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Both firebug and the built in console in webkit browsers make it possible to set breakpoints in running Javascript code, so you can debug it as you would with any other language.

What I'm wondering is if there is any way that I can instruct firebug or webkit that I'd like to set a breakpoint on line X in file Y at runtime, and to be able to examine variables in the specific scope that I have paused in.

I need something that can work in both Chrome (or any other webkit browser) and Firefox. For the latter Firebug is an acceptable dependency. Supporting IE is not a requirement.

I've been building an in-browser IDE ( quick video for the interested: http://www.youtube.com/watch?v=c5lGwqi8L_g ) and want to give it a bit more meat.

One thing I did try was just adding debugger; as an extra line where users set them, but this isn't really an ideal solution.

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3 Answers 3

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I'd say you can definitely do this for webkit browsers using the remote debugging protocol. This is based on a websocket connection and a json message protocol that goes back and forth.

You can read the announcement and the whole protocol schema.

Chrome also offers more information about this inside its remote developer-tools docs.

For the debugger domain, for instance, you can see how you can use Debugger.setBreakpoint, Debugger.setBreakpointByUrl and Debugger.setBreakpointsActive to work with breakpoints.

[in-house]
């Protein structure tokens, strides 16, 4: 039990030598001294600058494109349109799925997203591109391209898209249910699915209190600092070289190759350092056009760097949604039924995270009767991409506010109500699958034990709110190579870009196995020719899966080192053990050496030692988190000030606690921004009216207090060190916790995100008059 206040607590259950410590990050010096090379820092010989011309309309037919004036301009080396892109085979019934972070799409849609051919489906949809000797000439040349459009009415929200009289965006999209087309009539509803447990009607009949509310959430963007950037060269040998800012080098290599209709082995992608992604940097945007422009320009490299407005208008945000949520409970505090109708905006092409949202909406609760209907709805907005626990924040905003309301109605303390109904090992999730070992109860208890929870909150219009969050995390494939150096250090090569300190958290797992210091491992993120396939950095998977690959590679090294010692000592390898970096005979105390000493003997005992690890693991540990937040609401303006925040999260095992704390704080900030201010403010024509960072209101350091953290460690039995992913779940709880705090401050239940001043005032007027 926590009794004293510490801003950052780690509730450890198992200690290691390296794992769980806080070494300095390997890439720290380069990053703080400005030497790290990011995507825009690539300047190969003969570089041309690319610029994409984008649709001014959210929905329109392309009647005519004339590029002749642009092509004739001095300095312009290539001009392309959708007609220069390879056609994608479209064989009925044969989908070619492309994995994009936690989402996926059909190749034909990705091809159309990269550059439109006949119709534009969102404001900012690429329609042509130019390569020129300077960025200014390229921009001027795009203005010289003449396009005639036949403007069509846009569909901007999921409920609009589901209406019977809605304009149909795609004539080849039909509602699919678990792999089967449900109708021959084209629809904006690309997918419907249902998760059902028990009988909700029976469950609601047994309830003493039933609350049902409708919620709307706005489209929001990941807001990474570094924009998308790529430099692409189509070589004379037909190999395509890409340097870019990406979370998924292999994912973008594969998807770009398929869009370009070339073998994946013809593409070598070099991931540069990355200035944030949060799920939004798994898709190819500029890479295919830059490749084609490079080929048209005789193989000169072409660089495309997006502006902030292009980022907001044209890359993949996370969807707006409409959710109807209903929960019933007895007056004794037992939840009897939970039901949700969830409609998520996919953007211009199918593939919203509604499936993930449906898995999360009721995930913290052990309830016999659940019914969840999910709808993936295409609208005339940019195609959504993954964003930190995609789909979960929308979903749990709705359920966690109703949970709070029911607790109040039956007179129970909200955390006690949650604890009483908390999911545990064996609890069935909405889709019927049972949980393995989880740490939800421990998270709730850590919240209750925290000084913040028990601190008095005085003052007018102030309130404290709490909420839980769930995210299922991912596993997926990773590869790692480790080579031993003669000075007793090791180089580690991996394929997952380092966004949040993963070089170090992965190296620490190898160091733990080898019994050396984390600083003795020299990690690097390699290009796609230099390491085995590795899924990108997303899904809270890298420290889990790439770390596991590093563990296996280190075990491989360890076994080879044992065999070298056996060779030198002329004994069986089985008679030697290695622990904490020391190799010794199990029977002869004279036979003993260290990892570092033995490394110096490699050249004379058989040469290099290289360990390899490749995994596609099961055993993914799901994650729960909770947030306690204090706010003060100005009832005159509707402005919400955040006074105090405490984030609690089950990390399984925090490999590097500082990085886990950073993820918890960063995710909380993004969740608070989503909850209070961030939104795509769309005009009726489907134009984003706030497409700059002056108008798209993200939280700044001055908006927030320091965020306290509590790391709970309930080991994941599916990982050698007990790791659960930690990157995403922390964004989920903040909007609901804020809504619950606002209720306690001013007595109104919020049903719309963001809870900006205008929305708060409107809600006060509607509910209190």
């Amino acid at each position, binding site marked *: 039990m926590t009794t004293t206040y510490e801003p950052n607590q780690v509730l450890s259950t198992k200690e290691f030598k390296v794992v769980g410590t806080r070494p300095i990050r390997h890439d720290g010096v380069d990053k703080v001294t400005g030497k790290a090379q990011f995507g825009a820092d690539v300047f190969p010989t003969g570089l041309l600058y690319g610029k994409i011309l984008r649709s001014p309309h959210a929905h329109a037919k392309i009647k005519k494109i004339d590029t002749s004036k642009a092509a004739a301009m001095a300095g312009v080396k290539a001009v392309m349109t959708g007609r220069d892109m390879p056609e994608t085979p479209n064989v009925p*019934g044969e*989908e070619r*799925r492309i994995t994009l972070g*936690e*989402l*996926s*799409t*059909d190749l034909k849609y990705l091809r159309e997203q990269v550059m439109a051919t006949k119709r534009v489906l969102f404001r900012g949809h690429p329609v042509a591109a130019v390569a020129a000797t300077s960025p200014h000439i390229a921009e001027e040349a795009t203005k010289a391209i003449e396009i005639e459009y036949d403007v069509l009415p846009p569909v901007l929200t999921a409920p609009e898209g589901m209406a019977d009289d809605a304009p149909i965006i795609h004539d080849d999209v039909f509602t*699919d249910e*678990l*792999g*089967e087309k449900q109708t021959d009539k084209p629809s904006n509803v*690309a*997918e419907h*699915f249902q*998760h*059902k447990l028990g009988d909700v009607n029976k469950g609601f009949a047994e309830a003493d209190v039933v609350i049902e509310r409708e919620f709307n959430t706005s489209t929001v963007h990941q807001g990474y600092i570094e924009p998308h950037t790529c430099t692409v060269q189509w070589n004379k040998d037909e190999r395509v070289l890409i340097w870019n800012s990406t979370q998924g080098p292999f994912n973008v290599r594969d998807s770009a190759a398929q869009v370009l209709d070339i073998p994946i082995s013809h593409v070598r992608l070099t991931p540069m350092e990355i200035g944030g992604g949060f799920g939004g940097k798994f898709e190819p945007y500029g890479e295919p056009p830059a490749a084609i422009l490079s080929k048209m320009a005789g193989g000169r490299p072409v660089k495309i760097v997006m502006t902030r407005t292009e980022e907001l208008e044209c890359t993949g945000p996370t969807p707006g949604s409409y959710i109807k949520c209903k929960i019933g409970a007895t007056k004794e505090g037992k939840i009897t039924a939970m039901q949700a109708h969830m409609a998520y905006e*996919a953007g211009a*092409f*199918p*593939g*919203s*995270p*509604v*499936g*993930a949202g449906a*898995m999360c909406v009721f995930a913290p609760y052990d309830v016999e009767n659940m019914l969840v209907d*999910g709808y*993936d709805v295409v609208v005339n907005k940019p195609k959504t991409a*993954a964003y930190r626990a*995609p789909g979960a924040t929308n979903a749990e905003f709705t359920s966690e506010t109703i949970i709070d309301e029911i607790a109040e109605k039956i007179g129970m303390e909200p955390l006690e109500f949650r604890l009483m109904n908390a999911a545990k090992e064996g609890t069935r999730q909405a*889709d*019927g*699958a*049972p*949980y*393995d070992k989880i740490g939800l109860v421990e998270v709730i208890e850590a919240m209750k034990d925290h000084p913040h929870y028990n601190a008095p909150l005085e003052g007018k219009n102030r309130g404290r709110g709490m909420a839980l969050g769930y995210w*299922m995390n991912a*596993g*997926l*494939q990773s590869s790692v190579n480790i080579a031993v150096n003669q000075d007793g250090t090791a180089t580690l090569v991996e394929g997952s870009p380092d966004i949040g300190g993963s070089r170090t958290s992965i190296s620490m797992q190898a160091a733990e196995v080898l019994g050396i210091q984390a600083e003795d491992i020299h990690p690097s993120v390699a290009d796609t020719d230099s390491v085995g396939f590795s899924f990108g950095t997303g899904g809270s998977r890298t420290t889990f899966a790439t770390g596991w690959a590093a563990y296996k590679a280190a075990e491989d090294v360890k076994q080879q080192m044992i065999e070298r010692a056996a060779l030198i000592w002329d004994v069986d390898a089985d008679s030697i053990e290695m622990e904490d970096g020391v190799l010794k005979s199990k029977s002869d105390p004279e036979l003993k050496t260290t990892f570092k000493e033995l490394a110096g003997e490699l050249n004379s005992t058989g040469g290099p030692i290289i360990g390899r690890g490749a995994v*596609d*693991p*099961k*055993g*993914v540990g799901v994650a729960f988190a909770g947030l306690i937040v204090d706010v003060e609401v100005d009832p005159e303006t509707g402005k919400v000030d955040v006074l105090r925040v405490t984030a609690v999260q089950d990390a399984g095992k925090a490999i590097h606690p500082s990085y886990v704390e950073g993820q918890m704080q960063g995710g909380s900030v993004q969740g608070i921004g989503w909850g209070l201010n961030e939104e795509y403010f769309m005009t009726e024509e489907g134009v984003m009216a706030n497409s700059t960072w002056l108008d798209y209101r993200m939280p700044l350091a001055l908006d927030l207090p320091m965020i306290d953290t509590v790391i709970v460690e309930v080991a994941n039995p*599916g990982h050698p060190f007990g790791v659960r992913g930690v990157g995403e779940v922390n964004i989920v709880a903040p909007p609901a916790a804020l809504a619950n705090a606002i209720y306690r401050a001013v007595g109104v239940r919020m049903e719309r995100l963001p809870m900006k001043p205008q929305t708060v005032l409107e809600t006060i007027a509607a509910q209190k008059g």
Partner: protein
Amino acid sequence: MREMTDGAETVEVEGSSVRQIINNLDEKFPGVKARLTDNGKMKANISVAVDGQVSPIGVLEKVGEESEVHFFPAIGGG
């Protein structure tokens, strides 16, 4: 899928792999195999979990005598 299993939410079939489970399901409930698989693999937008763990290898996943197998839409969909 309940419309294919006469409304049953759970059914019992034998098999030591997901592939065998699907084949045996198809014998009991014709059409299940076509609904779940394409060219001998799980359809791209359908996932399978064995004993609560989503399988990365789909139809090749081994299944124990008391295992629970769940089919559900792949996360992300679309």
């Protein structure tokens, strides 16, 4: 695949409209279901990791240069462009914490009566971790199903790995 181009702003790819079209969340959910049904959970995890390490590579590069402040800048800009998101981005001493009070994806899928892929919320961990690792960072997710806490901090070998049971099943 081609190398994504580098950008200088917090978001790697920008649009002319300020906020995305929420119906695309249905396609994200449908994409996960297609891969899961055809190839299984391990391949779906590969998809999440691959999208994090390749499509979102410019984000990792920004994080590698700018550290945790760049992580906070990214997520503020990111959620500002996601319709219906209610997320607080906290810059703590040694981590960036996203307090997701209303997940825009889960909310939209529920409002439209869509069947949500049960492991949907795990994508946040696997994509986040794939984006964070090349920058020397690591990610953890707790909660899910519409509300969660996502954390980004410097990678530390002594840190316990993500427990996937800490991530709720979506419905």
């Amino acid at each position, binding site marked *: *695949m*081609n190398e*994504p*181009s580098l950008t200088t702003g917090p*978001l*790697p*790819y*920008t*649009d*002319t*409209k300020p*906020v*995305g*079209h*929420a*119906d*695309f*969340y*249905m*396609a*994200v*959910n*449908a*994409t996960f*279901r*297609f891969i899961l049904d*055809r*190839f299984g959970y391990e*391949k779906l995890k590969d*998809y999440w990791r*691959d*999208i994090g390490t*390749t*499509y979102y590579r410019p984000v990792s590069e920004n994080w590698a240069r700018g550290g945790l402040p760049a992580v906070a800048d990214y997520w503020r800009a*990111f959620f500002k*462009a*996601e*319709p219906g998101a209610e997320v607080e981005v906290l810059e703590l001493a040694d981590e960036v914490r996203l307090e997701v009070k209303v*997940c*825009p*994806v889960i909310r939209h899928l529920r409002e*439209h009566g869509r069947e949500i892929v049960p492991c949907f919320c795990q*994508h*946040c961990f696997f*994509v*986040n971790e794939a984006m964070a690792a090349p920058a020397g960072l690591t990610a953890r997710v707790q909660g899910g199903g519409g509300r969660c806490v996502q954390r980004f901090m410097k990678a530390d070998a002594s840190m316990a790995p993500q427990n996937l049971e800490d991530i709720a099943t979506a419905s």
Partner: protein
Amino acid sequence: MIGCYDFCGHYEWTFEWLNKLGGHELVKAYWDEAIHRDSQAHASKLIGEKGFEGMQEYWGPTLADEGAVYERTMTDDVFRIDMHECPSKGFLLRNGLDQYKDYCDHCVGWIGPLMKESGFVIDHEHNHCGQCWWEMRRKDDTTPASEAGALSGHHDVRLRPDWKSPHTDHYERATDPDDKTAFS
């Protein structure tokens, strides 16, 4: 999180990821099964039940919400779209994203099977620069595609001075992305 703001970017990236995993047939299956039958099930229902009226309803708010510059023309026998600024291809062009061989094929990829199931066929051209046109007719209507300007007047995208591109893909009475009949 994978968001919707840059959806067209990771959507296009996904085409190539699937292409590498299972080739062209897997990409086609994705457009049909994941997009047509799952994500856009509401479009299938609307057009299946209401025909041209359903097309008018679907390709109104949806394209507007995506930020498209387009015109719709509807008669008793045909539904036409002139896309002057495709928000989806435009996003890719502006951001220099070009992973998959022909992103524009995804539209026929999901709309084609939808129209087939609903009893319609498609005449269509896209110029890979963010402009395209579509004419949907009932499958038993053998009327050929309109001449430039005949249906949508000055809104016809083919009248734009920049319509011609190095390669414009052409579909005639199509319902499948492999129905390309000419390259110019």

On the other hand, Mozilla also seems to be working on this as you can see in https://wiki.mozilla.org/Debugger and https://wiki.mozilla.org/Remote_Debugging_Protocol though I don't know the completion status of it.

In this case, you can work with breakpoints using the Debugger.Script APIs setBreakPoint, getBreakPoint, getBreakpoints, clearBreakpoints and clearAllBreakpoints

I hope this helps you move forward.

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There isn't such a thing, at least not using the public, scriptable side of JavaScript. It would be possible if you have a privileged browser extension that could do that for you. For example, Firebug has a debug method which you can call from its command line, but not from scripts inside a page.

So, you have two solutions:

  1. Implement your own JavaScript interpreter, which you can control as you wish. Might be a bit too ambitious, though...
  2. Rely on a browser extension that can set breakpoints anywhere in the code, expose some API to public code, and interact with it from your JavaScript. But that means that users will have to install some extra piece of software before they can use your "Web IDE".
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Use _defineSetter__ to watch variables, and combine it with a call to debugger when an assignment happens.

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